- Motley Fool – Motley Fool – To educate, amuse, and enrich.
- No Ordinary Disruption (Book) – This is a deep dive into the future, backed with data, stories, and insight. It highlights four forces colliding and transforming the global economy: 1) the rise of emerging markets, 2) the accelerating impact of technology on the natural forces of market competition, 3) an aging world population, 4) accelerating flows of trade, capital, people, and data.
- O’Reilly Ideas – Insight, analysis, and research about emerging technologies.
- Richard Watson – A futurist author, speaker and scenario planner, and the chart maker behind The Table of Trends and Technologies for the World in 2020 (PDF). Watson is author of the What’s Next Top Trends Blog. Watson is the author of 4 books: Future Files, Future Minds, Futurevision, and The Future: 50 Ideas You Really Need to Know.
- Sandy Carter — Sandy Carter is IBM Vice President of Social Business and Collaboration, and author of The New Language of Marketing 2.0, The New Language of Business, and Get Bold: Using Social Media to Create a New Type of Social Business. She’s not just fun to read or watch – she has some of the best insight on social innovation.
- The Industries of the Future (Book), by Alec Ross. Alec Ross explains what’s next for the world: the advances and stumbling blocks that will emerge in the next ten years, and how we can navigate them.
- The Second Machine Age, by Erik Brynjolfsson and Andrew McAfee. Erik Brynjolfsson and Andrew McAfee identify the best strategies for survival and offer a new path to prosperity amid exponential technological change. These include revamping education so that it prepares people for the next economy instead of the last one, designing new collaborations that pair brute processing power with human ingenuity, and embracing policies that make sense in a radically transformed landscape.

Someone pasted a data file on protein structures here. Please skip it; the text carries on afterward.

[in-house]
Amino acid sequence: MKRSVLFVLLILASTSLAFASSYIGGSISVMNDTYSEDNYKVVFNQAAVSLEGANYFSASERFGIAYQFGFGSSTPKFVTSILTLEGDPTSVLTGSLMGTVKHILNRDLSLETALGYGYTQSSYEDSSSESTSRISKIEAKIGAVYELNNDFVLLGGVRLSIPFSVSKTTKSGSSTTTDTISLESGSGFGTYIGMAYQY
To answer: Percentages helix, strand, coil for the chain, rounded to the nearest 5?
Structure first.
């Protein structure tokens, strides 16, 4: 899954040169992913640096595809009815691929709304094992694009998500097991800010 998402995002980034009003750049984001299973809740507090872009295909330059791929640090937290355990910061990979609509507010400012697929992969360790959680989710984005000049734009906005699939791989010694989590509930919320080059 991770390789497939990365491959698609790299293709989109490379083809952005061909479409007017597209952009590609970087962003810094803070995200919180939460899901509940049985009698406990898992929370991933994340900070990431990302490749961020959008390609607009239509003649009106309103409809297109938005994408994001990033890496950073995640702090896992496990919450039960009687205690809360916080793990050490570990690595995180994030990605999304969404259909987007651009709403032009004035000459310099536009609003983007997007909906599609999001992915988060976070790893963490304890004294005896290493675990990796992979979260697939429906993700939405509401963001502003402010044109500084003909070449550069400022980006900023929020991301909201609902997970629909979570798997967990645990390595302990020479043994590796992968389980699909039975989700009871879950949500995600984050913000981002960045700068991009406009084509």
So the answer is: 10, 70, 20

- ThoughtWorks Technology Radar - Thoughts from the ThoughtWorks team on the technology and trends that are shaping the future.
- Trend Hunter – Each day, Trend Hunter features a daily dose of micro-trends, viral news and pop culture. The most popular micro-trends are featured on Trend Hunter TV and later grouped into clusters of inspiration in our Trend Reports, a series of tools for professional innovators and entrepreneurs.
- Trends and Technologies for the World in 2020 (PDF) – Table of trends and technologies shaping the world in 2020.
- Trendwatching.com – Trendwatching.com helps forward-thinking business professionals in 180+ countries understand the new consumer and subsequently uncover compelling, profitable innovation opportunities.
While it might look like a short-list, it’s actually pretty deep.
It’s like a Russian nesting doll in that each source might lead you to more sources or might be the trunk of a tree that has multiple branches.
These sources of trends and insights have served me well and continue to serve me as I look to the future and try to figure out what’s going on.
But more importantly, they all inspire me in some way to create the future, rather than wait for it to just happen.
I’m a big fan of making things happen … you play the world, or the world plays you.